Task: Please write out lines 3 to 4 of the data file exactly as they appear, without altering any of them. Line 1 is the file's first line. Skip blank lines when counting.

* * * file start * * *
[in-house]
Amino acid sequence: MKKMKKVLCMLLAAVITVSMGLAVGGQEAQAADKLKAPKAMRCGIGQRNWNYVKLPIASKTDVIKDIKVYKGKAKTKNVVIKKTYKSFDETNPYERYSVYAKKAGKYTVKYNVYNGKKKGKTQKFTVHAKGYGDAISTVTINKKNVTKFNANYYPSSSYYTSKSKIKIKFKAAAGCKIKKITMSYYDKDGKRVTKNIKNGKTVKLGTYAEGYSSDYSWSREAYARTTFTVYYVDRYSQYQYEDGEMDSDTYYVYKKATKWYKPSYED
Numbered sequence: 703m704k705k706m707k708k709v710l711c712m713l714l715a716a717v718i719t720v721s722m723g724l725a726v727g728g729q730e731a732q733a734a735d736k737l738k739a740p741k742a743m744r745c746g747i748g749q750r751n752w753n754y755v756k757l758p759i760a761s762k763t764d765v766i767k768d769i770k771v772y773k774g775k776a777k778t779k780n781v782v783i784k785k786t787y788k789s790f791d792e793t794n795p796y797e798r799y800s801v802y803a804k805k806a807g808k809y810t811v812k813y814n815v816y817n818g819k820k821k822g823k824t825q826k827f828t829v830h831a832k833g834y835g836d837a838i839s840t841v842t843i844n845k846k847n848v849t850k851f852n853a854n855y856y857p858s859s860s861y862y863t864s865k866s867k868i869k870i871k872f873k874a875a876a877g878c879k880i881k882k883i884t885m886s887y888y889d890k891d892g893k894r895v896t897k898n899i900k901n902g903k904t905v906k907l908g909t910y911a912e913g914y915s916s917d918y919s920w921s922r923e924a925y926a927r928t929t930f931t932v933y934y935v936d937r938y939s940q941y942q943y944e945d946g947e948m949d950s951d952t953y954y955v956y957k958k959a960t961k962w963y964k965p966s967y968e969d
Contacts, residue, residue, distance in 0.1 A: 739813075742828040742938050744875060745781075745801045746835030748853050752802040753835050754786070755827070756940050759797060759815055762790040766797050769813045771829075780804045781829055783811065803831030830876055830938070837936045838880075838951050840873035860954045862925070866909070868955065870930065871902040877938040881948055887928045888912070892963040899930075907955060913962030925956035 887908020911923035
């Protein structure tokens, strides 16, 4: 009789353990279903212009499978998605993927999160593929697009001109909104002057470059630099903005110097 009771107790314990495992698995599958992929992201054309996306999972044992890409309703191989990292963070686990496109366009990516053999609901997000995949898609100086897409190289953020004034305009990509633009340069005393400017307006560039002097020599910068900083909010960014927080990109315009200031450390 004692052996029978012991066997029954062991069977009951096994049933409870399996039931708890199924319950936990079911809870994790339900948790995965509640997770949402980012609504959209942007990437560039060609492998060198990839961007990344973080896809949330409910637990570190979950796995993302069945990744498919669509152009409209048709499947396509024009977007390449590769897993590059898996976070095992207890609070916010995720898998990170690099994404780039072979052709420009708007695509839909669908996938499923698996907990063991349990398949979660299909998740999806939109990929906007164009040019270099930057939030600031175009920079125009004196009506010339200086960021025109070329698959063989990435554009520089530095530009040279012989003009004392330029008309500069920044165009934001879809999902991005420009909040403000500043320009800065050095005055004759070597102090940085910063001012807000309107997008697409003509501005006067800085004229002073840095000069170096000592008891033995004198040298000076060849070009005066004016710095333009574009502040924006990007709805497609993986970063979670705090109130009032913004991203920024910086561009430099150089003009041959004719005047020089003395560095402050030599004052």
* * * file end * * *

Numbered sequence: 703m704k705k706m707k708k709v710l711c712m713l714l715a716a717v718i719t720v721s722m723g724l725a726v727g728g729q730e731a732q733a734a735d736k737l738k739a740p741k742a743m744r745c746g747i748g749q750r751n752w753n754y755v756k757l758p759i760a761s762k763t764d765v766i767k768d769i770k771v772y773k774g775k776a777k778t779k780n781v782v783i784k785k786t787y788k789s790f791d792e793t794n795p796y797e798r799y800s801v802y803a804k805k806a807g808k809y810t811v812k813y814n815v816y817n818g819k820k821k822g823k824t825q826k827f828t829v830h831a832k833g834y835g836d837a838i839s840t841v842t843i844n845k846k847n848v849t850k851f852n853a854n855y856y857p858s859s860s861y862y863t864s865k866s867k868i869k870i871k872f873k874a875a876a877g878c879k880i881k882k883i884t885m886s887y888y889d890k891d892g893k894r895v896t897k898n899i900k901n902g903k904t905v906k907l908g909t910y911a912e913g914y915s916s917d918y919s920w921s922r923e924a925y926a927r928t929t930f931t932v933y934y935v936d937r938y939s940q941y942q943y944e945d946g947e948m949d950s951d952t953y954y955v956y957k958k959a960t961k962w963y964k965p966s967y968e969d
Contacts, residue, residue, distance in 0.1 A: 739813075742828040742938050744875060745781075745801045746835030748853050752802040753835050754786070755827070756940050759797060759815055762790040766797050769813045771829075780804045781829055783811065803831030830876055830938070837936045838880075838951050840873035860954045862925070866909070868955065870930065871902040877938040881948055887928045888912070892963040899930075907955060913962030925956035 887908020911923035